Gyorko Makes the Big Jump

We caught up with Jedd Gyorko at the end of spring and spoke to him and others about his upcoming move to the big club.

PEORIA, AZ: "He's a baseball player."

Those are the words that nearly everyone in the Padres' organization will say about Jedd Gyorko, the Padres' rookie second baseman who won the job in spring after a stellar three year climb up the organization.

"You have to give Jedd credit because he has earned this opportunity to break with the club based on him putting up numbers in the minor leagues," said Phil Plantier the Padres‘ hitting coach who was Gyorko's manager with the Lake Elsinore Storm in 2011 where he had a batting average of .365.

Gyorko is considered the best position prospect that the Padres have developed since Chase Headley but not everyone was overly excited when San Diego selected him in the second round of the 2010 draft.

Although Gyorko hit .404/471/.674 for his career at West Virginia he was also a shortstop and no one believed he had the range or quickness to play there at the next level. Because of the thickness of his his lower body there were some questions about his ability to play second or third as well.

The doubts about his athletic ability didn't phase Gyorko, who was an all-state point guard in high school, who promptly went out and hit .330/.358/.528 in short-season Eugene and surprised people on how well he handled the transition to third base defensively.

"I don't really care what they say," Gyorko said after being drafted. "I am not a guy that worries about what other people think. I know what I can do and I go out and perform."

The other knock on him was his ability to hit for power despite hitting 19 home runs and a .764 slugging percentage in his junior and final year as a Mountaineer. In his second year in the organization he answered those questions as well blasting 47 doubles and 25 home runs between High-A Lake Elsinore and AA San Antonio.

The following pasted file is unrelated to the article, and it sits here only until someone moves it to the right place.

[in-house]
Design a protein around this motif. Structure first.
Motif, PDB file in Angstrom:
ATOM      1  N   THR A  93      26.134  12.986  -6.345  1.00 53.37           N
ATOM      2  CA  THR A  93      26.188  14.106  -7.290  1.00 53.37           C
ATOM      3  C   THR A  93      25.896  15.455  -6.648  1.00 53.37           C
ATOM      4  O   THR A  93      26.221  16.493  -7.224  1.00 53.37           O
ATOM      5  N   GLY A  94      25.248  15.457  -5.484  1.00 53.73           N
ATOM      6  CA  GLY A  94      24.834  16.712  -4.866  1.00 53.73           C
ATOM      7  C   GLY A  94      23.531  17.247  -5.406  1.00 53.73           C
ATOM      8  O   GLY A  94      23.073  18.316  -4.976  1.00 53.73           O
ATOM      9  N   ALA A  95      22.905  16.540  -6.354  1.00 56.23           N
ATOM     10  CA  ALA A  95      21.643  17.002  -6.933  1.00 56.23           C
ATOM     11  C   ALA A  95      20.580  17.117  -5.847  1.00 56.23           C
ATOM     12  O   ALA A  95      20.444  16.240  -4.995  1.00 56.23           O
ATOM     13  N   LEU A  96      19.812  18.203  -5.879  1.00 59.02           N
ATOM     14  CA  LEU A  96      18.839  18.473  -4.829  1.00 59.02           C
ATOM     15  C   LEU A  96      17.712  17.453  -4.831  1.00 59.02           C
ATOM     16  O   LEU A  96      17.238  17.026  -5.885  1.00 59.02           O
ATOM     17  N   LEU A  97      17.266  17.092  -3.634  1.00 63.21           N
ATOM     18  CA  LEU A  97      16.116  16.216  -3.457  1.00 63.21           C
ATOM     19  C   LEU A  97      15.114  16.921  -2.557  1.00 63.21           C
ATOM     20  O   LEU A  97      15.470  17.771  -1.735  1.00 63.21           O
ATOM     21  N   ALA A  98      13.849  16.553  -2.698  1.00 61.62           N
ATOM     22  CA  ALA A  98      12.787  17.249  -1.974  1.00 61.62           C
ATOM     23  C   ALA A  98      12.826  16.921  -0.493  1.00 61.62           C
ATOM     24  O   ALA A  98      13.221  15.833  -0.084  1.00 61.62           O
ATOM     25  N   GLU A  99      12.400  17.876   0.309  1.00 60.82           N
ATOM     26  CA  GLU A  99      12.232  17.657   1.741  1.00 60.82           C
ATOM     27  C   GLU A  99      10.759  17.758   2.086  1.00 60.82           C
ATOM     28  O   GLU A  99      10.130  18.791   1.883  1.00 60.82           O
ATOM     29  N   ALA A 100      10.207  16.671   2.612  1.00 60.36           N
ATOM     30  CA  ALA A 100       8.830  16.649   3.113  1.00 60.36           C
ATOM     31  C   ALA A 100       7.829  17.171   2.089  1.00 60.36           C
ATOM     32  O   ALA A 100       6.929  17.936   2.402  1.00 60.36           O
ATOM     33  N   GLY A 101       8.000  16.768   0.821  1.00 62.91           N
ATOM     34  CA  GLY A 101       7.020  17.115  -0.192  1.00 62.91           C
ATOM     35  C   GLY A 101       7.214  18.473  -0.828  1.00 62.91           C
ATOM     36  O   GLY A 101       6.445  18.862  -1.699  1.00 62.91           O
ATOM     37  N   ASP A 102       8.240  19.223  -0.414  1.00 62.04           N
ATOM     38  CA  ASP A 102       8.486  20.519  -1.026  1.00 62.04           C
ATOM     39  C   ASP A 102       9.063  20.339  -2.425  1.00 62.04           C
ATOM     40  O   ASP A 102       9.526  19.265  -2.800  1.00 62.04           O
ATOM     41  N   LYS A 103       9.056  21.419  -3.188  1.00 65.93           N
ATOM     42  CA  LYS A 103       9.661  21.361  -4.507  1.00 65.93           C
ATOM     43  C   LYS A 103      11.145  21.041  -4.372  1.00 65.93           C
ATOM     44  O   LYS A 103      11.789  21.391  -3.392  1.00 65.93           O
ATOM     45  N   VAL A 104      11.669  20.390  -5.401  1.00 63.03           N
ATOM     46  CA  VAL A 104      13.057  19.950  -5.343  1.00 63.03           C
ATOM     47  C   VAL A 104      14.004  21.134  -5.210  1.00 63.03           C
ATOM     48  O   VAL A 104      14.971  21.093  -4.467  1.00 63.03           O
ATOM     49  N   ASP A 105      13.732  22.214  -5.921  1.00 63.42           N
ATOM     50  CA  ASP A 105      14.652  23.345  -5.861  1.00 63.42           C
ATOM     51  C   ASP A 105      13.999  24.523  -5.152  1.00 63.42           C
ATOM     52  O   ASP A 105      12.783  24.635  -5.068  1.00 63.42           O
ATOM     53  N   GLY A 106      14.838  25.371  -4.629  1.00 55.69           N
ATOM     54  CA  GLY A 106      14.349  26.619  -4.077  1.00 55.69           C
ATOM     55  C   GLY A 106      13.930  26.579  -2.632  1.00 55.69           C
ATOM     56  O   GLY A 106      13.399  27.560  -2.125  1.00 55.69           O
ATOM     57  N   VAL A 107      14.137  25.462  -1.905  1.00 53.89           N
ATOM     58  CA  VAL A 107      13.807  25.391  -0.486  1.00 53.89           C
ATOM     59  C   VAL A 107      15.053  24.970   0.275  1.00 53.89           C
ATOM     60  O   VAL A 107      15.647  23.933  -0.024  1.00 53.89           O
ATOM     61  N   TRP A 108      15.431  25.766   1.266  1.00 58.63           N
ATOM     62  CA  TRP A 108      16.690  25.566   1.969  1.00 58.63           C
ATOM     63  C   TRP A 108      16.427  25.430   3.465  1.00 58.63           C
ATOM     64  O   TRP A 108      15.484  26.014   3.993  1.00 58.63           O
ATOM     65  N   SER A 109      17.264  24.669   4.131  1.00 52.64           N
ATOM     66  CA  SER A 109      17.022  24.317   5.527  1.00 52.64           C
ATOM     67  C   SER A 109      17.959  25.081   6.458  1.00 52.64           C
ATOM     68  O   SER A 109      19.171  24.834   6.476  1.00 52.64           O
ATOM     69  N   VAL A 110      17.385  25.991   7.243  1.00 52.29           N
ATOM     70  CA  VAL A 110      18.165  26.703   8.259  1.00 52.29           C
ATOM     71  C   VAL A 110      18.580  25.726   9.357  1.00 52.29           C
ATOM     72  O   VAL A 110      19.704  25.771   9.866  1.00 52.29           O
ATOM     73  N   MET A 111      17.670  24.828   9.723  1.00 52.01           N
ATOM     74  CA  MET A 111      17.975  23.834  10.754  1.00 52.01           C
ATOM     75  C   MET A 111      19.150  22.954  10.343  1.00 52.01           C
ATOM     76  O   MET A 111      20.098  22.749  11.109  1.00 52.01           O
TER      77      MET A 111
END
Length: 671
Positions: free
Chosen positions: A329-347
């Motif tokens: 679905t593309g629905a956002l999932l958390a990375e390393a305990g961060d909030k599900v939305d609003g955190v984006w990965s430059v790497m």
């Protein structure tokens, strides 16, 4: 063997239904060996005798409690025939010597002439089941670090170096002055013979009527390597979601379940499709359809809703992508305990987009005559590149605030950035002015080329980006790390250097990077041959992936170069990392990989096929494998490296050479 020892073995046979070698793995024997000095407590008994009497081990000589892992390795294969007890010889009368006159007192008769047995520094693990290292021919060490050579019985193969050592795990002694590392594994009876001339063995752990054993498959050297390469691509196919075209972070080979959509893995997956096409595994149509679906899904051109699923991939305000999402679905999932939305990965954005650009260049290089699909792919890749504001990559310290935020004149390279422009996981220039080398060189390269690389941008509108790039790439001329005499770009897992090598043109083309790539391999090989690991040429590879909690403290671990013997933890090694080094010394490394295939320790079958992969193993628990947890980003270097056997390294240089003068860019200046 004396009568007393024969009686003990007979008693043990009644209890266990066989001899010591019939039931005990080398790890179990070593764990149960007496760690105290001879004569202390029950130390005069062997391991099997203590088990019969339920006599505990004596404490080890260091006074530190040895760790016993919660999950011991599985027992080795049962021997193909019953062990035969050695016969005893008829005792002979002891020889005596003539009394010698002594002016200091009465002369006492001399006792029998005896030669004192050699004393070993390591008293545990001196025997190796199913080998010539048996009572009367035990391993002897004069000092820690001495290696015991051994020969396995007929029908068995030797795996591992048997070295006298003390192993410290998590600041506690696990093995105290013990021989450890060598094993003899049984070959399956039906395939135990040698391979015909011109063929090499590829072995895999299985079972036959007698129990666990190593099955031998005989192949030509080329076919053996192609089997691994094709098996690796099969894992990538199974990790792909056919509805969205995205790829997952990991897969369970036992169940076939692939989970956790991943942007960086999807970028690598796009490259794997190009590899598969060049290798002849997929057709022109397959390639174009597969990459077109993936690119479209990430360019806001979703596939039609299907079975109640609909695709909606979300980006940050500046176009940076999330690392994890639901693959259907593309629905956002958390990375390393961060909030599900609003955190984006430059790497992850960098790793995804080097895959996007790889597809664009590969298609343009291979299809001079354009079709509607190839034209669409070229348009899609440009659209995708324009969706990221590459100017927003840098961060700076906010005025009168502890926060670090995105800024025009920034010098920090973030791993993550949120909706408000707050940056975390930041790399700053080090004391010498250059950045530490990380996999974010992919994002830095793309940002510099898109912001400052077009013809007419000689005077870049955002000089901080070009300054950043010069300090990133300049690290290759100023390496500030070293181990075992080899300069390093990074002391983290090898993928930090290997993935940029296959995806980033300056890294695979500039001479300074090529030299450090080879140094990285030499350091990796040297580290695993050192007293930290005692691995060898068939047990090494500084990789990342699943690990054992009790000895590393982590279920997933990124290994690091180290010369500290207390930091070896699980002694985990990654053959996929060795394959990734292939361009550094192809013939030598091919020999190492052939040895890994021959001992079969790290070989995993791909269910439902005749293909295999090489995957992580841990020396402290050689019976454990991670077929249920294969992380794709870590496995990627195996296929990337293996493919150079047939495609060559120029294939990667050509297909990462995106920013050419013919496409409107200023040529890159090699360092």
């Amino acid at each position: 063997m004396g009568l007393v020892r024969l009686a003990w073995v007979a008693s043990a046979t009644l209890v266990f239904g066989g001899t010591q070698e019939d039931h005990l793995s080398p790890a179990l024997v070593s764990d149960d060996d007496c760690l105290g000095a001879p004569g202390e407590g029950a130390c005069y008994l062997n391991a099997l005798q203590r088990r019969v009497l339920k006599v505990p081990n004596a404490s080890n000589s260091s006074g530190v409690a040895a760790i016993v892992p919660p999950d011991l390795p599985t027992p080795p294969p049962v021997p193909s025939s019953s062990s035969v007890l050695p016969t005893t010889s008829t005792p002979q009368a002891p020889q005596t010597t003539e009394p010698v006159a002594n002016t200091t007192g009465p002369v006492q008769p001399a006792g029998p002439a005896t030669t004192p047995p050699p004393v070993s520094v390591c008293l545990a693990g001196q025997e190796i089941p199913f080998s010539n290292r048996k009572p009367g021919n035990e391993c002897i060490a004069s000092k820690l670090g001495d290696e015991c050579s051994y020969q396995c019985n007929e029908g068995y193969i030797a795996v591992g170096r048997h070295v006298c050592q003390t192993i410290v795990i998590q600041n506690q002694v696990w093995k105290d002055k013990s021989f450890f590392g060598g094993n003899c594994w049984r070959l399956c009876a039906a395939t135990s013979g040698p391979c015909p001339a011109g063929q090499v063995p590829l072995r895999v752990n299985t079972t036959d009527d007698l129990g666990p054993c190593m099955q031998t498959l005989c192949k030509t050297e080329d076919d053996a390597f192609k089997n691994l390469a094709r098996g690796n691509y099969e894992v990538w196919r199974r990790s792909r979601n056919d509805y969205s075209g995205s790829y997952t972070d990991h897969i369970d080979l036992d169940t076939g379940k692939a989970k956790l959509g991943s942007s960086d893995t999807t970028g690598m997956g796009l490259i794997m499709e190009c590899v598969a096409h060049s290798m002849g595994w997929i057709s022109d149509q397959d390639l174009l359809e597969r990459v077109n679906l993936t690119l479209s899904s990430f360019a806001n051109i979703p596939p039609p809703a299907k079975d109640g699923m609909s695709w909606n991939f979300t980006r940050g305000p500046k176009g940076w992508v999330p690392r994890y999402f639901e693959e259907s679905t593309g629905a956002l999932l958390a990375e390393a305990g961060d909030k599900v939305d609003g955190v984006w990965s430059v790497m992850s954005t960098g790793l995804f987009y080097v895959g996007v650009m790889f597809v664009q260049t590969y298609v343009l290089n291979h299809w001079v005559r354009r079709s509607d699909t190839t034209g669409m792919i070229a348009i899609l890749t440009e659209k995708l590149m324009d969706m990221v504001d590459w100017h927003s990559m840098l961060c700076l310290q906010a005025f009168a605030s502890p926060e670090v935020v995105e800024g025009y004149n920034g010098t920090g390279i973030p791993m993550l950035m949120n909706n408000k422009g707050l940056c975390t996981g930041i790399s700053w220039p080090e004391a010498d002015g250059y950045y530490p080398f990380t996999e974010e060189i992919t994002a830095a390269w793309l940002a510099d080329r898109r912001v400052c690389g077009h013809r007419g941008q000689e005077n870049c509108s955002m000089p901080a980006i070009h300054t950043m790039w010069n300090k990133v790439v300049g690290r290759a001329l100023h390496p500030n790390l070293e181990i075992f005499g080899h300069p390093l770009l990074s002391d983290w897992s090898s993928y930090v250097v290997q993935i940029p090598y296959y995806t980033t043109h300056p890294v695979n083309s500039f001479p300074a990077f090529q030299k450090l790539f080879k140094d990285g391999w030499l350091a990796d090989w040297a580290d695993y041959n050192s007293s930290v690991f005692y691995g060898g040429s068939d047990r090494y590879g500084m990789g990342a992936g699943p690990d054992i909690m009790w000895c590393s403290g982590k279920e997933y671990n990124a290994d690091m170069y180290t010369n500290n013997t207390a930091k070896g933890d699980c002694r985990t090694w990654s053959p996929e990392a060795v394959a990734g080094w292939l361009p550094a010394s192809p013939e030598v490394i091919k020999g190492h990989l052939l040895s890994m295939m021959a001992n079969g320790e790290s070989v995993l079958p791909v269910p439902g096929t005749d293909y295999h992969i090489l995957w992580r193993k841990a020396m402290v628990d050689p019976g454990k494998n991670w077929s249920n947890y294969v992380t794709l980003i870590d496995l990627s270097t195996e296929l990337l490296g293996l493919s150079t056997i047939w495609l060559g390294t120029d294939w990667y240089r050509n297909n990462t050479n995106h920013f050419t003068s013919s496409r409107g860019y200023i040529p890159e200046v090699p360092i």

In 2012, he continued to hit for average and power in both San Antonio and Tucson, although he spent most of the year with the T-Padres, hitting a combined .311 with 30 home runs and 100 RBI.

With Headley having a career year and ensconced at third base, the Padres began experimenting with moving Gyorko to second base, a position he played as a freshman at West Virginia.

"I would say that was a harder adjustment to third when I first got drafted than transitioning to second," Gyorko said towards the end of spring training."But I've always been comfortable around the bag and at this level its just getting up to the speed of the game."

So far the Padres have also been comfortable with what they have seen from Jedd at second defensively and somewhat surprised with his athleticsm.

"I think that I am a better athlete than many people give me credit for," Gyorko said at the end of last year. "I don't see myself and don't think I've shown myself to be a one-dimensional player that can only hit."

But his hitting is what has always caught the attention of the Padres.

"We are going to ask him to do the same thing that he did in the minor leagues, be a good hitter first," Plantier said at the end of the spring.

"Jedd has the ability to hit home runs but he really is a guy who can use the whole field and hit doubles."

"We want him to continue to be that guy. Go line to line with a doubles mentality. Let the home runs happen within your swing and approach."

With Headley suffering a thumb injury in mid-March Gyorko has split time between third and second base at the opening of the season but for people who have followed his career its unlikely that it will phase Jedd much.

He just likes to play and it doesn't really matter where.

"You put him anywhere out on the field he is going to find a way to succeed," said Randy Smith, the Padres' Director of Development.

"He has great hands on both sides of the ball and for me it just comes down to this, he's a baseball player."

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